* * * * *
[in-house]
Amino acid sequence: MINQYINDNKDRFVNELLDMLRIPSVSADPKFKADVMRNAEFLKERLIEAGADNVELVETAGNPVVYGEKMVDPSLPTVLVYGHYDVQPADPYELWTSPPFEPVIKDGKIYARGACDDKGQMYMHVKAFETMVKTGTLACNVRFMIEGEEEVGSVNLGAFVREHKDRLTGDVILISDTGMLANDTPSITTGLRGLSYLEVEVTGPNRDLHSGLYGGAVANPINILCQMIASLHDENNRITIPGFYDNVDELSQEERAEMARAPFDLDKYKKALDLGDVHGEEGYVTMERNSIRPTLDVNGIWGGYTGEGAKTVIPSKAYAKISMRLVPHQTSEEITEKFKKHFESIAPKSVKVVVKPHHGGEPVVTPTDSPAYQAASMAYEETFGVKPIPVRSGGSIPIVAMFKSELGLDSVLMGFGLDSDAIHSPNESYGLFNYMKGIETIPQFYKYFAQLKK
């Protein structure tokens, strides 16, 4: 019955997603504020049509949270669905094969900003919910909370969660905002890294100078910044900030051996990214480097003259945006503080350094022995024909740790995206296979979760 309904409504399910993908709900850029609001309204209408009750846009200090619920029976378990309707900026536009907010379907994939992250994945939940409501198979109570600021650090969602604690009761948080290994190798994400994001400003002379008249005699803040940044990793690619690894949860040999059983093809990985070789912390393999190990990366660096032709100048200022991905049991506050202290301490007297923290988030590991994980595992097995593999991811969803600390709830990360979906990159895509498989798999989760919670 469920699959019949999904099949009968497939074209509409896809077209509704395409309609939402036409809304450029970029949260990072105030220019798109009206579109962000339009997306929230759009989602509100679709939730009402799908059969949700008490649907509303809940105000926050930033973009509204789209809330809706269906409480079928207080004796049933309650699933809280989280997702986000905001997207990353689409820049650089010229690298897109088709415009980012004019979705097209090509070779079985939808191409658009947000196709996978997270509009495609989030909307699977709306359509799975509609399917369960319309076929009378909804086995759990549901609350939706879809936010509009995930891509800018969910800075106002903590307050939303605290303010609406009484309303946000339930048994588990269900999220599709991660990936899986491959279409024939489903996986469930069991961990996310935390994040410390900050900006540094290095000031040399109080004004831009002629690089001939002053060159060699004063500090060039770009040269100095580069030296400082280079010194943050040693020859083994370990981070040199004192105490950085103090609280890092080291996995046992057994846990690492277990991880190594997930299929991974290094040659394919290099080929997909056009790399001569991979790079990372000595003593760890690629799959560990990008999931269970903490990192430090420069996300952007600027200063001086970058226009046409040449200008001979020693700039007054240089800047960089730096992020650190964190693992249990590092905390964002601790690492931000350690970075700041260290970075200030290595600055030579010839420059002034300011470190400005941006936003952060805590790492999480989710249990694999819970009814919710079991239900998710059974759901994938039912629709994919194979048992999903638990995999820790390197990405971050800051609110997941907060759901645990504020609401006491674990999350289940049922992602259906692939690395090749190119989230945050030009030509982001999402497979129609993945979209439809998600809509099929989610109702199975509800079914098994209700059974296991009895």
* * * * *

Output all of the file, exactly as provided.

[in-house]
Amino acid sequence: MINQYINDNKDRFVNELLDMLRIPSVSADPKFKADVMRNAEFLKERLIEAGADNVELVETAGNPVVYGEKMVDPSLPTVLVYGHYDVQPADPYELWTSPPFEPVIKDGKIYARGACDDKGQMYMHVKAFETMVKTGTLACNVRFMIEGEEEVGSVNLGAFVREHKDRLTGDVILISDTGMLANDTPSITTGLRGLSYLEVEVTGPNRDLHSGLYGGAVANPINILCQMIASLHDENNRITIPGFYDNVDELSQEERAEMARAPFDLDKYKKALDLGDVHGEEGYVTMERNSIRPTLDVNGIWGGYTGEGAKTVIPSKAYAKISMRLVPHQTSEEITEKFKKHFESIAPKSVKVVVKPHHGGEPVVTPTDSPAYQAASMAYEETFGVKPIPVRSGGSIPIVAMFKSELGLDSVLMGFGLDSDAIHSPNESYGLFNYMKGIETIPQFYKYFAQLKK
């Protein structure tokens, strides 16, 4: 019955997603504020049509949270669905094969900003919910909370969660905002890294100078910044900030051996990214480097003259945006503080350094022995024909740790995206296979979760 309904409504399910993908709900850029609001309204209408009750846009200090619920029976378990309707900026536009907010379907994939992250994945939940409501198979109570600021650090969602604690009761948080290994190798994400994001400003002379008249005699803040940044990793690619690894949860040999059983093809990985070789912390393999190990990366660096032709100048200022991905049991506050202290301490007297923290988030590991994980595992097995593999991811969803600390709830990360979906990159895509498989798999989760919670 469920699959019949999904099949009968497939074209509409896809077209509704395409309609939402036409809304450029970029949260990072105030220019798109009206579109962000339009997306929230759009989602509100679709939730009402799908059969949700008490649907509303809940105000926050930033973009509204789209809330809706269906409480079928207080004796049933309650699933809280989280997702986000905001997207990353689409820049650089010229690298897109088709415009980012004019979705097209090509070779079985939808191409658009947000196709996978997270509009495609989030909307699977709306359509799975509609399917369960319309076929009378909804086995759990549901609350939706879809936010509009995930891509800018969910800075106002903590307050939303605290303010609406009484309303946000339930048994588990269900999220599709991660990936899986491959279409024939489903996986469930069991961990996310935390994040410390900050900006540094290095000031040399109080004004831009002629690089001939002053060159060699004063500090060039770009040269100095580069030296400082280079010194943050040693020859083994370990981070040199004192105490950085103090609280890092080291996995046992057994846990690492277990991880190594997930299929991974290094040659394919290099080929997909056009790399001569991979790079990372000595003593760890690629799959560990990008999931269970903490990192430090420069996300952007600027200063001086970058226009046409040449200008001979020693700039007054240089800047960089730096992020650190964190693992249990590092905390964002601790690492931000350690970075700041260290970075200030290595600055030579010839420059002034300011470190400005941006936003952060805590790492999480989710249990694999819970009814919710079991239900998710059974759901994938039912629709994919194979048992999903638990995999820790390197990405971050800051609110997941907060759901645990504020609401006491674990999350289940049922992602259906692939690395090749190119989230945050030009030509982001999402497979129609993945979209439809998600809509099929989610109702199975509800079914098994209700059974296991009895």